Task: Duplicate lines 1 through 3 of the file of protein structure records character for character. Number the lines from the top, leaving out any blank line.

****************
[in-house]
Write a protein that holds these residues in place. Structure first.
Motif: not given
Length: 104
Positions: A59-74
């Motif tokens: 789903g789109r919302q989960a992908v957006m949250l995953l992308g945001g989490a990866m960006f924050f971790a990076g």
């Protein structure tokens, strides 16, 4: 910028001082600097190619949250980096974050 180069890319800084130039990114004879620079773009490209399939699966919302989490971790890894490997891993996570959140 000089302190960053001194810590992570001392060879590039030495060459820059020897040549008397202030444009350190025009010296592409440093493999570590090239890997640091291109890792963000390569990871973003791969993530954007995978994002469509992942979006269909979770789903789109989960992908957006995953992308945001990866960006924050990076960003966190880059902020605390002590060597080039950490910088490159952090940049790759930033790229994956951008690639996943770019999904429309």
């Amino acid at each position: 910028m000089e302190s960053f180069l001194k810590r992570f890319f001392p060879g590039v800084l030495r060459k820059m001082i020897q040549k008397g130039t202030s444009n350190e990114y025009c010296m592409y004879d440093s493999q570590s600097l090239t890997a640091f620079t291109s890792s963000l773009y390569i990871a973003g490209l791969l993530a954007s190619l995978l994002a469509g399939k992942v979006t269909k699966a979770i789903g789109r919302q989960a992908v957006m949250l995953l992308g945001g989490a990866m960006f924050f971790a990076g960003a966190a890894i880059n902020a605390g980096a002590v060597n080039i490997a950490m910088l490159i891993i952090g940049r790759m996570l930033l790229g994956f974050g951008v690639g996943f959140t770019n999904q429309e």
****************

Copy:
[in-house]
Write a protein that holds these residues in place. Structure first.
Motif: not given